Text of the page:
Where were you on the night of June 22nd? Your cellular provider knows. And until that date just a few weeks ago, if law enforcement wanted that info, all they had to do was ask. But we’re not just talking about one night… they know every place you’ve been, throughout the day, every day, going back months or even years. Thankfully, the Supreme Court ruled that law enforcement must now get a warrant to obtain this highly sensitive information and show probable cause.
In our interview today, I have a truly thought-provoking discussion around the landmark Carpenter vs United States ruling with Shahid Buttar, a lawyer and grassroots organizer for the Electronic Frontier Foundation (EFF). We delve into the history behind cell phone data access in the United States and why a basic right to privacy is fundamental to any democracy.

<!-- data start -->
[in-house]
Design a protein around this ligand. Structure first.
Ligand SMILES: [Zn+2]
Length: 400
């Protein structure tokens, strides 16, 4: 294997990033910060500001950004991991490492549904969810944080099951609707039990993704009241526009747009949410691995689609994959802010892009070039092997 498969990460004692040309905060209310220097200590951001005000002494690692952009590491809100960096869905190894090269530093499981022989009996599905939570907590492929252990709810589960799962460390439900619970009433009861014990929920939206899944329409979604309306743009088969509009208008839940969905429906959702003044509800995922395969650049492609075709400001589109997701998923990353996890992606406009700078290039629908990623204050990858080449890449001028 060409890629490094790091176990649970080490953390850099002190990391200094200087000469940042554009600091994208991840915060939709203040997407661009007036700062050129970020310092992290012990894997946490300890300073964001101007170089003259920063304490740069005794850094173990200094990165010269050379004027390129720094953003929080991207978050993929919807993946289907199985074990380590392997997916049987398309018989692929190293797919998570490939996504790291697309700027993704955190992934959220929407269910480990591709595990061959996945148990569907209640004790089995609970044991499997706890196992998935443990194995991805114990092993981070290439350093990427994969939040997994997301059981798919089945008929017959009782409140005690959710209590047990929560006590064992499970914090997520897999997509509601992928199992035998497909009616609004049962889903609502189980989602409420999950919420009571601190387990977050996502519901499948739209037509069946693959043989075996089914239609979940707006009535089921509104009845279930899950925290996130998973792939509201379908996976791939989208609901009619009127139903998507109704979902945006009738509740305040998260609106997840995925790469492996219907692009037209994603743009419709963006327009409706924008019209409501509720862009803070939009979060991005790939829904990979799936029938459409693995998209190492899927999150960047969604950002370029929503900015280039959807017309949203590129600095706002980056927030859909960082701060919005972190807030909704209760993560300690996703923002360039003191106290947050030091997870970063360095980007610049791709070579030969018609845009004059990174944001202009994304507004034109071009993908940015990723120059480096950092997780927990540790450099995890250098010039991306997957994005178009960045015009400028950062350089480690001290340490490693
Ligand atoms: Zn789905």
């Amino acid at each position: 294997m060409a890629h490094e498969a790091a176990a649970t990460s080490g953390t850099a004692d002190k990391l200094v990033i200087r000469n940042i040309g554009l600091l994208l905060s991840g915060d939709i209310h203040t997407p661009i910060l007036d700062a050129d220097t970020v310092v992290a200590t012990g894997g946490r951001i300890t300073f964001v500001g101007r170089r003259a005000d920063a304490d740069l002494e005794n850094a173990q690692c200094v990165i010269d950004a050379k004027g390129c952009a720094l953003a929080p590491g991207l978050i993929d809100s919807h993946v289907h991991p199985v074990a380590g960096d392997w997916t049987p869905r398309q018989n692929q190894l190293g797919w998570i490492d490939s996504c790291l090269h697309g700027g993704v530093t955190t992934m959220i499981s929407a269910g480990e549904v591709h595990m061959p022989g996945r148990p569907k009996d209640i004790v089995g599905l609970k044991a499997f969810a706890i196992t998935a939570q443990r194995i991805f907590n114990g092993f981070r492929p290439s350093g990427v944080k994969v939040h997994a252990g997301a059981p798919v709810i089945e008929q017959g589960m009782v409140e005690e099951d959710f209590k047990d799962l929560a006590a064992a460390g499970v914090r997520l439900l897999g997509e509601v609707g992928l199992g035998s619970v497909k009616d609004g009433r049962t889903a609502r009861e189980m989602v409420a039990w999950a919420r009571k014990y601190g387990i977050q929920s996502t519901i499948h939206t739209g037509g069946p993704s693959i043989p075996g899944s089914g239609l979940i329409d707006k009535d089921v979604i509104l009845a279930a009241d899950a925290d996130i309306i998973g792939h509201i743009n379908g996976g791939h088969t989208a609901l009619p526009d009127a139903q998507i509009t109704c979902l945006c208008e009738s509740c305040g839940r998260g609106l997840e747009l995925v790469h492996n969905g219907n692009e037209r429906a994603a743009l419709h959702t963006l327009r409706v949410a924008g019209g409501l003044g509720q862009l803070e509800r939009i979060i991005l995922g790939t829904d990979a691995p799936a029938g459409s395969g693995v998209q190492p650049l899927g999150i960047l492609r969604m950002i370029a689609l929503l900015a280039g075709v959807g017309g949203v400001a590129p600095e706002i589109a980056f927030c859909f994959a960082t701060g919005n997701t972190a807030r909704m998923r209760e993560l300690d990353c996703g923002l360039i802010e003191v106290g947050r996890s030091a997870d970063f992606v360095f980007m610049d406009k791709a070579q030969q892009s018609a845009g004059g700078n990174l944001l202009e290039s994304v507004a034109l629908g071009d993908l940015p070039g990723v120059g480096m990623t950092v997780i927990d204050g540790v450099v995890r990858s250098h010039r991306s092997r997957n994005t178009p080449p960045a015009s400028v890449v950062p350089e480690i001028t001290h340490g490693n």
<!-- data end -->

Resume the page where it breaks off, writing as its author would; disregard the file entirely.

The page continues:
Shahid Buttar leads EFF’s grassroots and student outreach efforts. He’s a constitutional lawyer focused on the intersection of community organizing and policy reform as a lever to shift legal norms, with roots in communities across the country resisting mass surveillance. From 2009 to 2015, he led the Bill of Rights Defense Committee as Executive Director.
After graduating from Stanford Law School in 2003, where he grew immersed in the movement to stop the war in Iraq, Shahid worked for a decade in Washington, D.C. He first worked in private practice for a California-based law firm, with public interest litigation projects advancing campaign finance reform and marriage equality for same-sex couples (as early as 2004, when LGBT rights remained politically marginal). From 2005 to 2008, he helped build a national progressive legal network and managed the communications team at the American Constitution Society for Law & Policy, before founding the program to combat racial & religious profiling at Muslim Advocates.
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